Is USA slowly becoming an awards magnet? A year after Covert Affairs' Piper Perabo scored a Golden Globe nomination, network-mate and Suits star Patrick J. Adams pulled off a Screen Actors Guild nod Wednesday, where he'll face off against such heavyweights as Steve Buscemi (Boardwalk Empire), Kyle Chandler (Friday Night Lights), Bryan Cranston (Breaking Bad) and Michael C. Hall (Dexter). But his nomination wasn't the only SAG shocker.
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Patrick J. Adams: There are number of actors who probably should have been nominated instead or with him, depending on how you look at it — especially since there are no supporting TV categories — but it's not like Adams is a completely abysmal pick. Shocking? Yes. Terrible? No. He's devastatingly charming and effortless in balancing Mike Ross' full-on swagger and hidden vulnerability on Suits. Plus, you've got to give him, a relative new name, kudos for managing to snare more votes than more established and buzz-y names, like Aaron Paul, Damian Lewis or Timothy Olyphant.
Friday Night Lights: Better late than never, right? Perhaps burnished by its Emmy wins, the late football drama finally nabs its first SAG nomination — drama actor for Kyle Chandler. Too bad Connie Britton couldn't break into drama actress to nab Mr.-and-Mrs. Coach nods or the cast in drama ensemble.
Jessica Lange: The SAGs wasn't very welcoming to newbies this year. Three freshmen series earned three nominations among them: Suits (Adams), Game of Thrones for drama ensemble and American Horror Story in drama actress for Lange, who's doing her best crazy Southern dame since her Broadway stint as Blanche DuBois. Being a legend helps too (did her name alone help her knock out her AHS co-star Britton?). Fun fact: Lange, who's never won a SAG, was nominated at the very first SAG Awards for Blue Sky, but lost to Jodie Foster (Nell). Lange went on to win the Oscar, however.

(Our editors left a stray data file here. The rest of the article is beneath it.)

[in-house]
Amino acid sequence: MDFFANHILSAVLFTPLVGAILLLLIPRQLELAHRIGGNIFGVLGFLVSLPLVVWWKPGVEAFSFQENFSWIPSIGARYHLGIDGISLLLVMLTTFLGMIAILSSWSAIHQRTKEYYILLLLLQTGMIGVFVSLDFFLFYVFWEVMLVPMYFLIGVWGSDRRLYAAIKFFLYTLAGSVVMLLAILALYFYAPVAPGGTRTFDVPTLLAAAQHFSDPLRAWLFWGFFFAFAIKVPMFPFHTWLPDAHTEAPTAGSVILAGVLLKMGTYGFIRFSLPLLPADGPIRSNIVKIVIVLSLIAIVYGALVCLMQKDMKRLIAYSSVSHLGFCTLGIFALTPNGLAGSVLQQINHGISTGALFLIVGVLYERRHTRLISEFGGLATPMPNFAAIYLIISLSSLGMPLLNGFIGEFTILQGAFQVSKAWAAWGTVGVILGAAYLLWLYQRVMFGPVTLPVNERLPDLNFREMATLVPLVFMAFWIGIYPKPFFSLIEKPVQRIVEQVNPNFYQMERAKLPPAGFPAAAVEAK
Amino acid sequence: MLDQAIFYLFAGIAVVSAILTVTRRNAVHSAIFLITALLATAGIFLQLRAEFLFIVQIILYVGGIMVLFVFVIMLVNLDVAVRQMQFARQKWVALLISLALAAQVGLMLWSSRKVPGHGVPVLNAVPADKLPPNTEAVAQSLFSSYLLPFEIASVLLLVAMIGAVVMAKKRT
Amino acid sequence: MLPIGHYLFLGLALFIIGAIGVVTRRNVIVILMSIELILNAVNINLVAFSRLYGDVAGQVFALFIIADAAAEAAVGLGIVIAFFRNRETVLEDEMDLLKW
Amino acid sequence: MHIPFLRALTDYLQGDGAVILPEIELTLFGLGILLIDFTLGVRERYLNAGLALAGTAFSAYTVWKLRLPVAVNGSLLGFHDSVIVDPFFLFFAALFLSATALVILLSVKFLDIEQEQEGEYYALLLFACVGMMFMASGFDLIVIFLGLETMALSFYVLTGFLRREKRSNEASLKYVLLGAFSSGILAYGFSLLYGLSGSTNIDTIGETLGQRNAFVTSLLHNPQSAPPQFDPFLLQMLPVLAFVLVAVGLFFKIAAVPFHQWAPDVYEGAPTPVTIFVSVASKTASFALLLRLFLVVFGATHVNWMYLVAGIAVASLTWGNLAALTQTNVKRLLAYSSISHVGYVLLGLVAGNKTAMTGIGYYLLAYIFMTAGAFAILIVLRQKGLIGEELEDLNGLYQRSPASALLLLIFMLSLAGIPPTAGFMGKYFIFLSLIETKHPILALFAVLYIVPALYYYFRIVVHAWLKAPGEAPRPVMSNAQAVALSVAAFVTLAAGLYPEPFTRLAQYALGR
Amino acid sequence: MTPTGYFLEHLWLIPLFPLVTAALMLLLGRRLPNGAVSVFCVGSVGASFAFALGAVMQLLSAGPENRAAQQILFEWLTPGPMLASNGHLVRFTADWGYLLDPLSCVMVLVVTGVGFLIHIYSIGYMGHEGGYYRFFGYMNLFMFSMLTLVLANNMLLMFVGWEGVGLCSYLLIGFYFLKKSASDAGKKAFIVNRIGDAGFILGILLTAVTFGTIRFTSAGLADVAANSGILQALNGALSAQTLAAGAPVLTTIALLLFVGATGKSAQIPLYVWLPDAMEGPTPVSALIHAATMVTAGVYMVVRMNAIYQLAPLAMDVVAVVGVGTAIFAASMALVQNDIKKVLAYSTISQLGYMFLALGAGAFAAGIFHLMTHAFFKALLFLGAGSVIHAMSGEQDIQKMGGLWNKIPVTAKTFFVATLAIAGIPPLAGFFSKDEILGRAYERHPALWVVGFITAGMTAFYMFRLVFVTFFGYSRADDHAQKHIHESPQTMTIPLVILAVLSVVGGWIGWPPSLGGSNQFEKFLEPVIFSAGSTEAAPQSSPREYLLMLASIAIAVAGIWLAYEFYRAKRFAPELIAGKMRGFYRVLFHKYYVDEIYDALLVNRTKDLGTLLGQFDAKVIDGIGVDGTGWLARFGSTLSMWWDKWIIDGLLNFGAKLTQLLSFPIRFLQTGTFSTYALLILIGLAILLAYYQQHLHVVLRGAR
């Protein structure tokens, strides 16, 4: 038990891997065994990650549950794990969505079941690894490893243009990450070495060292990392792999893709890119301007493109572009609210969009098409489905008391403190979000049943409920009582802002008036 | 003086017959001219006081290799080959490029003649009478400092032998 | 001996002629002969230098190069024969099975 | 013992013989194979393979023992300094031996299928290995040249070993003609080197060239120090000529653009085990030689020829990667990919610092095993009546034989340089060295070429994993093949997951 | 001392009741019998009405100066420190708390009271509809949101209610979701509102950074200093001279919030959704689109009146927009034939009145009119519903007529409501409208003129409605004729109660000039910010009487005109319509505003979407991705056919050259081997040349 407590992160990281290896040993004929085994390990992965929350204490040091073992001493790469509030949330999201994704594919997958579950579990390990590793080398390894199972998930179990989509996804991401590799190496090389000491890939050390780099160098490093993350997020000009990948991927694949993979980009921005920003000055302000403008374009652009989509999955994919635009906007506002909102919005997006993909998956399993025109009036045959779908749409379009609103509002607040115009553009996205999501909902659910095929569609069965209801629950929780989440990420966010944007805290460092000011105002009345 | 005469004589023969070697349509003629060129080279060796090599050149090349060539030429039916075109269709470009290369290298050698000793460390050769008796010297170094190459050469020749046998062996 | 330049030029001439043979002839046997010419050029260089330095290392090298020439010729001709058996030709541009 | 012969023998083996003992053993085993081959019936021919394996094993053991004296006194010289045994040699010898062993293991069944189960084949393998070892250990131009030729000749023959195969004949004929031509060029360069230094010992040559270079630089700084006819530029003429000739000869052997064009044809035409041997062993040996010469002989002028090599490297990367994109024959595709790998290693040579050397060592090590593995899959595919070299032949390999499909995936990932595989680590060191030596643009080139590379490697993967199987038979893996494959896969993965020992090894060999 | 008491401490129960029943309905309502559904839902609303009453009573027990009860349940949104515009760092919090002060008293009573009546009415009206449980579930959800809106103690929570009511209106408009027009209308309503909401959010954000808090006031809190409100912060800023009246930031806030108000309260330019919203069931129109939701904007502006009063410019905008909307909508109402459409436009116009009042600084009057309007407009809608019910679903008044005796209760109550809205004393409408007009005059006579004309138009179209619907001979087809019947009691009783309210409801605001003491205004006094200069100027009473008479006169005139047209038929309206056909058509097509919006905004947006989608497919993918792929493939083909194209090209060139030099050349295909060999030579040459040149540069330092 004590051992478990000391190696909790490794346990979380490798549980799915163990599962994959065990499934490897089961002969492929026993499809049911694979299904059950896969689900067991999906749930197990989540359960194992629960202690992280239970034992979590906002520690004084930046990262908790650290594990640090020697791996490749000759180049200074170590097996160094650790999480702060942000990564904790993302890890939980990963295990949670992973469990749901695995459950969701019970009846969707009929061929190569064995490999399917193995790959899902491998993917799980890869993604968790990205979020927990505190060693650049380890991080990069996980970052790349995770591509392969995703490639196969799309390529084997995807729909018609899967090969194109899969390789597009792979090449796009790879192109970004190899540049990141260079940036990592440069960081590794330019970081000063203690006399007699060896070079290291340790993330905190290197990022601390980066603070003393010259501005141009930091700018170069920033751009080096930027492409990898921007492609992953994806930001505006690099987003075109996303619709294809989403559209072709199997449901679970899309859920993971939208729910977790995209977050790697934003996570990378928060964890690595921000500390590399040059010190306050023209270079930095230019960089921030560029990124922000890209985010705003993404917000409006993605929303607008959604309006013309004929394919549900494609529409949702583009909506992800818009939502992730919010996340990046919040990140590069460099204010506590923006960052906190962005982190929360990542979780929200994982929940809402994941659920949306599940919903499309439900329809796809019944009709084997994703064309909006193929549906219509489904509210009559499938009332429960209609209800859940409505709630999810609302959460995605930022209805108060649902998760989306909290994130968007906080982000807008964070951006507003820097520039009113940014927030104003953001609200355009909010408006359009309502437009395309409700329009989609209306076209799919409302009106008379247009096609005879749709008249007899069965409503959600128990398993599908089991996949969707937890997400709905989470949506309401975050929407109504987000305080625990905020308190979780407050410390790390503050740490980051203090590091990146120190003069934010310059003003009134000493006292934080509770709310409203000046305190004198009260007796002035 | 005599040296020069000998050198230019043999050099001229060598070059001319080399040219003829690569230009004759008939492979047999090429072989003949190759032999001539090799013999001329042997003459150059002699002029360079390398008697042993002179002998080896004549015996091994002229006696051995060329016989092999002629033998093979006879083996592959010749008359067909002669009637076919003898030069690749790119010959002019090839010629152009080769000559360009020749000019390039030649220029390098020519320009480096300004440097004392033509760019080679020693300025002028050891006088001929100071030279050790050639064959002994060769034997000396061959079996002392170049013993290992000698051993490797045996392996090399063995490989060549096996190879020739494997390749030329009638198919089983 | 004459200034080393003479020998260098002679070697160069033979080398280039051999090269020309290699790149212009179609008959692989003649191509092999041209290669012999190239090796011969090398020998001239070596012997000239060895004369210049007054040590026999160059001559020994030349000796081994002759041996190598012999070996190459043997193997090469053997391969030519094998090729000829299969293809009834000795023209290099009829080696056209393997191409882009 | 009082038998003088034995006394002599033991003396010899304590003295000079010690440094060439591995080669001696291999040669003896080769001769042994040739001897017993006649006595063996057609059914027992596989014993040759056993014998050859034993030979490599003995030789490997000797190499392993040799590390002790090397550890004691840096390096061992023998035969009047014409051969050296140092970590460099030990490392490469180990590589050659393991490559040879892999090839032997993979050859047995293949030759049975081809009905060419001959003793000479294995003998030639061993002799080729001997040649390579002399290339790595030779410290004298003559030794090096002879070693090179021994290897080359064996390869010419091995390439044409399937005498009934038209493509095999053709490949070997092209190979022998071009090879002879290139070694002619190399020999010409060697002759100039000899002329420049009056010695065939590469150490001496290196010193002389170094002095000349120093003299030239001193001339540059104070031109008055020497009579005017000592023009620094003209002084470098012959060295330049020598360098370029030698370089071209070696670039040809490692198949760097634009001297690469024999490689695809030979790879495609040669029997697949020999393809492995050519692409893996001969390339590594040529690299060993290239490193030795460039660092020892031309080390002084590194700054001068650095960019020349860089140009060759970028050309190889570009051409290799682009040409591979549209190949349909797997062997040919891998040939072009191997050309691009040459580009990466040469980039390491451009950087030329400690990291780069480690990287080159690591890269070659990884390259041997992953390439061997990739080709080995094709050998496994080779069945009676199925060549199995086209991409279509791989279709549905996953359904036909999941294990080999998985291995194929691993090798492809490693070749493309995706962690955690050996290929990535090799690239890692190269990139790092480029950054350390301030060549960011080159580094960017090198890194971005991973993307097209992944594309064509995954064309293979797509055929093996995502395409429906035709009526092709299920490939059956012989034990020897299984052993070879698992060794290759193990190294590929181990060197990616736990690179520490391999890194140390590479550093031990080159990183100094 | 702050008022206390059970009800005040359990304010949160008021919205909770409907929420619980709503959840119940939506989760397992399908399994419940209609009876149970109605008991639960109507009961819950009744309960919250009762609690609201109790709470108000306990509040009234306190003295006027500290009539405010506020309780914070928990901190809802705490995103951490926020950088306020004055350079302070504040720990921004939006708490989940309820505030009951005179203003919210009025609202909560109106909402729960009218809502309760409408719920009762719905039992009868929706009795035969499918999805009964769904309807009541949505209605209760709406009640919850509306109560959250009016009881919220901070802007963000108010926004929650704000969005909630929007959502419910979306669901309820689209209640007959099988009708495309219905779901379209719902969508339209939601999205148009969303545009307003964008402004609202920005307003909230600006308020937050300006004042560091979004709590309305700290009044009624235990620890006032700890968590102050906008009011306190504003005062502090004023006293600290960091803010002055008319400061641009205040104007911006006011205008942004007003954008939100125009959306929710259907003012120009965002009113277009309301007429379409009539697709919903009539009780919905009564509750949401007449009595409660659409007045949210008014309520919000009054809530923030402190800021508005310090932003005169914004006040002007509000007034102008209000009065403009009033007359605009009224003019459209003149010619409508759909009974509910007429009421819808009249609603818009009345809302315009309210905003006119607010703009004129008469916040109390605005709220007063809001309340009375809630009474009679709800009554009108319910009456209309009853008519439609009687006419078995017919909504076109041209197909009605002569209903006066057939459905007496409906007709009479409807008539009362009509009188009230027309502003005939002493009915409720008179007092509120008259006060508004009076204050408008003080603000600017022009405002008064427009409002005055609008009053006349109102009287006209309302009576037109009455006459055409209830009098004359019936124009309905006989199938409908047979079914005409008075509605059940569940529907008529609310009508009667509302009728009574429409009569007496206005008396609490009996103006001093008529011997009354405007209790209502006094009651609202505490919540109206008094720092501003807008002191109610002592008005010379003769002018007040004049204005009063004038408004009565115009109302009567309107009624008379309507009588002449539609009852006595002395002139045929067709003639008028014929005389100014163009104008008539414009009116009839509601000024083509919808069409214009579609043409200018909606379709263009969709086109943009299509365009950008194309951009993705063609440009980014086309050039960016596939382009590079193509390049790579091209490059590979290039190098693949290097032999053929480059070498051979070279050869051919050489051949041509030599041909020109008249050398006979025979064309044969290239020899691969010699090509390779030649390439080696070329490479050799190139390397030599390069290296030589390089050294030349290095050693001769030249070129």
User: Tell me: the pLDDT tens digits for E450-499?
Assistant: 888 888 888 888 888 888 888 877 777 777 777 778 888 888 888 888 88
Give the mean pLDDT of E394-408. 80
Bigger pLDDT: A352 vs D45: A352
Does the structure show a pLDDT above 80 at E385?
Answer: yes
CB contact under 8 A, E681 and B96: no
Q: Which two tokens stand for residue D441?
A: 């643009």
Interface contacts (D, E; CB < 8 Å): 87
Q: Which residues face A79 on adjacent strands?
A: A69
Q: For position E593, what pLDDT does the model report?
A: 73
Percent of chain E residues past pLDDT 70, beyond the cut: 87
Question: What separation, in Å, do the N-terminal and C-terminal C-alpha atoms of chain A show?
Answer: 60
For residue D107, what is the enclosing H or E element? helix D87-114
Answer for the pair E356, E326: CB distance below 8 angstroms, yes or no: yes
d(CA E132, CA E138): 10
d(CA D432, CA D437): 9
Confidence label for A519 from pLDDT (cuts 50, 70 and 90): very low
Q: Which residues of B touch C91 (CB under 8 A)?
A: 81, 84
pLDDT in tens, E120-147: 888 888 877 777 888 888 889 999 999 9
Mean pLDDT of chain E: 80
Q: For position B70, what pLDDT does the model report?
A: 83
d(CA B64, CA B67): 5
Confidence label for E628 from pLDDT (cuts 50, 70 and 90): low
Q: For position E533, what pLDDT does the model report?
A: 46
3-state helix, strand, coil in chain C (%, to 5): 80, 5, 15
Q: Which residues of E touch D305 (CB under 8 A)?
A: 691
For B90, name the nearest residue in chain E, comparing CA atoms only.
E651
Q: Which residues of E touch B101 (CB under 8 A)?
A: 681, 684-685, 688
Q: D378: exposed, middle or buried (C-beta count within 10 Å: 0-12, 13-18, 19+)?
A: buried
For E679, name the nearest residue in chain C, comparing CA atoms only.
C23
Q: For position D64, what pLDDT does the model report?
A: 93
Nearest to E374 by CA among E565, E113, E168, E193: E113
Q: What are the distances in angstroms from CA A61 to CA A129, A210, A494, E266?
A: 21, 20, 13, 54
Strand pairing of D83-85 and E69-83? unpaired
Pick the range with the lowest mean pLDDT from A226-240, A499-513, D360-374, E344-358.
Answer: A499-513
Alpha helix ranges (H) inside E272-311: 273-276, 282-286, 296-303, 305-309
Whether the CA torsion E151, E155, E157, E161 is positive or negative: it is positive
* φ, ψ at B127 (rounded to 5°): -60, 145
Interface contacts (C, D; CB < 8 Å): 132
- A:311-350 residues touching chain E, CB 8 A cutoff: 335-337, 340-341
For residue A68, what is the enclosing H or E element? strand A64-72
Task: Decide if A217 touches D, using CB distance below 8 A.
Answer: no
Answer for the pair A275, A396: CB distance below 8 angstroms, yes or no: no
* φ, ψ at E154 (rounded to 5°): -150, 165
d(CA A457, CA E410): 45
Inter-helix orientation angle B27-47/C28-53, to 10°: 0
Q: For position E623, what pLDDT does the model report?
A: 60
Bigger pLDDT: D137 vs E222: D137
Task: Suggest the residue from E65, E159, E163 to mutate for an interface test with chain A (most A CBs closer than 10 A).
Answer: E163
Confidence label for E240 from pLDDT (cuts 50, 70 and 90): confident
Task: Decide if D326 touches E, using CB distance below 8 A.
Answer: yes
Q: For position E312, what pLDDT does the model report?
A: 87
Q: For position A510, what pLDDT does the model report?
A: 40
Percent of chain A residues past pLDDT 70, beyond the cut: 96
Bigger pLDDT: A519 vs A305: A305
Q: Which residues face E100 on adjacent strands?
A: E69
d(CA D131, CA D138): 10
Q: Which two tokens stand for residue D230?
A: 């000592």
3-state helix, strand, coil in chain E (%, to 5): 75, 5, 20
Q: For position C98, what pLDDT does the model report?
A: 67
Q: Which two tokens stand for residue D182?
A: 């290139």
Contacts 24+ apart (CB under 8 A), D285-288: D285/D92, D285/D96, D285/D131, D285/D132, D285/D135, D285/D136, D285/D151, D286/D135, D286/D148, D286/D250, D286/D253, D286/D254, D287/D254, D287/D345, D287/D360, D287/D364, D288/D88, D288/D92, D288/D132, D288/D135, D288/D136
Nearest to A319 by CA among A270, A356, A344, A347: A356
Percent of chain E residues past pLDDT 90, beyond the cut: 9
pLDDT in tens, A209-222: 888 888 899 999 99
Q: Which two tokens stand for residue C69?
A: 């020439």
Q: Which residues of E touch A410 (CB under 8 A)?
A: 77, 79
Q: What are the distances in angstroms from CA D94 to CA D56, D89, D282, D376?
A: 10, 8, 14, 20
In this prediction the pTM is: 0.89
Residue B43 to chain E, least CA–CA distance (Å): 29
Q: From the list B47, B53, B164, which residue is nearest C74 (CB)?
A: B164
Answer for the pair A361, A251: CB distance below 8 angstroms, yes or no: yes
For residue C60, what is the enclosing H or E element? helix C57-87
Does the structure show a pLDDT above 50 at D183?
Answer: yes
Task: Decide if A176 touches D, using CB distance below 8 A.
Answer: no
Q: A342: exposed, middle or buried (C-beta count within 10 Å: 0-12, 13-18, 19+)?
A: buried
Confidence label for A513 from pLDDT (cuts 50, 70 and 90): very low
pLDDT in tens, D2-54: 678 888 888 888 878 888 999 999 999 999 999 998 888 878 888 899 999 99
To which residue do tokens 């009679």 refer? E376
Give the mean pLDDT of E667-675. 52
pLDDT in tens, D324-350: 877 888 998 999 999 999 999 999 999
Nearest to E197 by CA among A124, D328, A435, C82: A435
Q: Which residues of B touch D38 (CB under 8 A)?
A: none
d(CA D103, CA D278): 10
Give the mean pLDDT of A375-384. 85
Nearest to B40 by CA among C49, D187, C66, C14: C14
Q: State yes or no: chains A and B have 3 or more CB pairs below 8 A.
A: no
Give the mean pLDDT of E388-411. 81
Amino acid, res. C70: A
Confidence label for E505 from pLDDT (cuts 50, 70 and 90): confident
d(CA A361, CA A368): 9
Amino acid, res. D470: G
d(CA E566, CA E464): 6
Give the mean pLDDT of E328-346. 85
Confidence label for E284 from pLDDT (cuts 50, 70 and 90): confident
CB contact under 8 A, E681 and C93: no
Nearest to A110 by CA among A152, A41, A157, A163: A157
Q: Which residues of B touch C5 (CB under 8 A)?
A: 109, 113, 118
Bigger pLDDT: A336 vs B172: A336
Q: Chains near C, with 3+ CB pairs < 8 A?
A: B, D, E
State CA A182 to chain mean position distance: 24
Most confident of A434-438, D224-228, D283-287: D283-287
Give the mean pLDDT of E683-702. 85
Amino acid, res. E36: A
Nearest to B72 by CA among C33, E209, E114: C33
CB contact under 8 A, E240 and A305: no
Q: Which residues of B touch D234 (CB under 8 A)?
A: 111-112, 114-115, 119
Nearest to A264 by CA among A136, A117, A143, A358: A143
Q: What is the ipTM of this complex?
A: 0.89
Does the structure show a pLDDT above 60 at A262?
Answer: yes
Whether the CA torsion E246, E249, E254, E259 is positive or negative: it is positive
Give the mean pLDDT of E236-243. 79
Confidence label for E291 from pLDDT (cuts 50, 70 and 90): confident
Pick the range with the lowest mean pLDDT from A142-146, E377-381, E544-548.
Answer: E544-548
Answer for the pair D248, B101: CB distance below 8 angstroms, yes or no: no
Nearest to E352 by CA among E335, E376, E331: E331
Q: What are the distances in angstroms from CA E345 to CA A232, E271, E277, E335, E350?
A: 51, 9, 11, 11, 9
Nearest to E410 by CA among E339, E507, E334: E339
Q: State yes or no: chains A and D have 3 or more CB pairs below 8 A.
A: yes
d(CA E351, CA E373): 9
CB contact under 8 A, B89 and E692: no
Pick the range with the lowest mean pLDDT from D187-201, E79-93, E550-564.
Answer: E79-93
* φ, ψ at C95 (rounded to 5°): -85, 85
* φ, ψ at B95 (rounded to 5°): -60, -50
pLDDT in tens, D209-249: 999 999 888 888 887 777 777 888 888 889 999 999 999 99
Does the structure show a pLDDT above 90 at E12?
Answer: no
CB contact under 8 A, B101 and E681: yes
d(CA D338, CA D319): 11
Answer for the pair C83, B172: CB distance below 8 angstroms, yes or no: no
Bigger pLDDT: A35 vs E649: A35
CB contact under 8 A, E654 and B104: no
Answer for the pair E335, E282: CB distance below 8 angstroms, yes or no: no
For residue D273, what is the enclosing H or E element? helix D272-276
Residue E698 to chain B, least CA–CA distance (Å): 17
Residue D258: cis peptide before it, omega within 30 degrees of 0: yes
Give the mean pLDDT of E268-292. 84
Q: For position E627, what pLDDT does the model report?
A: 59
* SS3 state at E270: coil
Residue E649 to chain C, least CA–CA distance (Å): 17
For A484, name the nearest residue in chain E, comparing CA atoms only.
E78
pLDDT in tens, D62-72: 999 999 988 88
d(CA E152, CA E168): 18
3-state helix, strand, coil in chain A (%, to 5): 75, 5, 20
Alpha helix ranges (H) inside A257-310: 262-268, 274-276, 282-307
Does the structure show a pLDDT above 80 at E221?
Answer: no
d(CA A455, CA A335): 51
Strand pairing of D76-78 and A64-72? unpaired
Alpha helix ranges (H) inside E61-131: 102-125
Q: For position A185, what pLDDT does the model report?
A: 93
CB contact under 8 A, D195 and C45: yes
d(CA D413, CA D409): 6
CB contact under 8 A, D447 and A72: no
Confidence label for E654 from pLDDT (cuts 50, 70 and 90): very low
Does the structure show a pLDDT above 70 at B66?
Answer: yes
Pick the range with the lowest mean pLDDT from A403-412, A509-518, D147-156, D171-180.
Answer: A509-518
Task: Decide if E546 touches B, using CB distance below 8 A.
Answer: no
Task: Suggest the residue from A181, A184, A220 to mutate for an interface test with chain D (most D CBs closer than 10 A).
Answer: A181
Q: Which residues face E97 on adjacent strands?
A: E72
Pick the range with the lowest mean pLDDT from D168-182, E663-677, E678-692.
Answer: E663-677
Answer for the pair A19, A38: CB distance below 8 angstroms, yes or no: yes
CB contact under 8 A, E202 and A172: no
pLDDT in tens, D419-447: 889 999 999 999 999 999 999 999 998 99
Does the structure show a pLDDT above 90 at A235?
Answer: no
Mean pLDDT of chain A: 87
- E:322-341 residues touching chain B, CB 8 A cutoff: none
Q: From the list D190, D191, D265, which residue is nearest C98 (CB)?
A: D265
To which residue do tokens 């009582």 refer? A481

Betty White: White getting a comedy actress nomination for Hot in Cleveland wasn't a surprise (she is the reigning champ after all), but her TV movie/miniseries actress nomination for a Hallmark Hall of Fame movie is a head-scratcher. Really, SAGs? You nominated that over such stellar turns by Evan Rachel Wood (Mildred Pierce) or Elizabeth McGovern (Downton Abbey)? We adore White and we know the SAGs does too, but let's ease up on the lovefest a bit.
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Homeland: A few deserving dramas were overlooked, including Justified and Sons of Anarchy, but no slight irks us more than Homeland's. The twisty, taut and consuming psychological drama — our show of the year — was inexplicably snubbed across the board and we're still at a loss to try to explain it. But that's good news for the drama actress contenders because Claire Danes, so complicated and layered as Carrie Mathison, would've been a lock for the win. Still, tsk, tsk, SAGs.
Parks and Recreation: Easily the funniest show on TV this year, Parks and Rec came up empty for Amy Poehler and its ensemble that has been firing on all cylinders more so than, say, The Office. While the show is doing fine without Steve Carell, we all know it has seen better days.
Jim Parsons: The Big Bang Theory at long last entered the comedy ensemble race, but Parsons, a two-time Emmy winner and defending Golden Globe champ, has still yet to score an individual nomination. No offense to the rest of the cast, but Sheldon makes the show.
Supporting Drama Players: As mentioned above, the SAGs does not have supporting races for TV, meaning lead and supporting actors vie for a measly five spots (or six in the event of a tie). Comedy supporting actors have historically fared better (ahem, Sean Hayes and Megan Mullally), but drama supporting actors have an extraordinarily tough time breaking in and are mostly ignored. What we'd give to see Aaron Paul, Giancarlo Esposito, Peter Dinklage and Walton Goggins nominated. The only solution? Create supporting categories.
What were you most surprised by? Who do you wish had been nominated?
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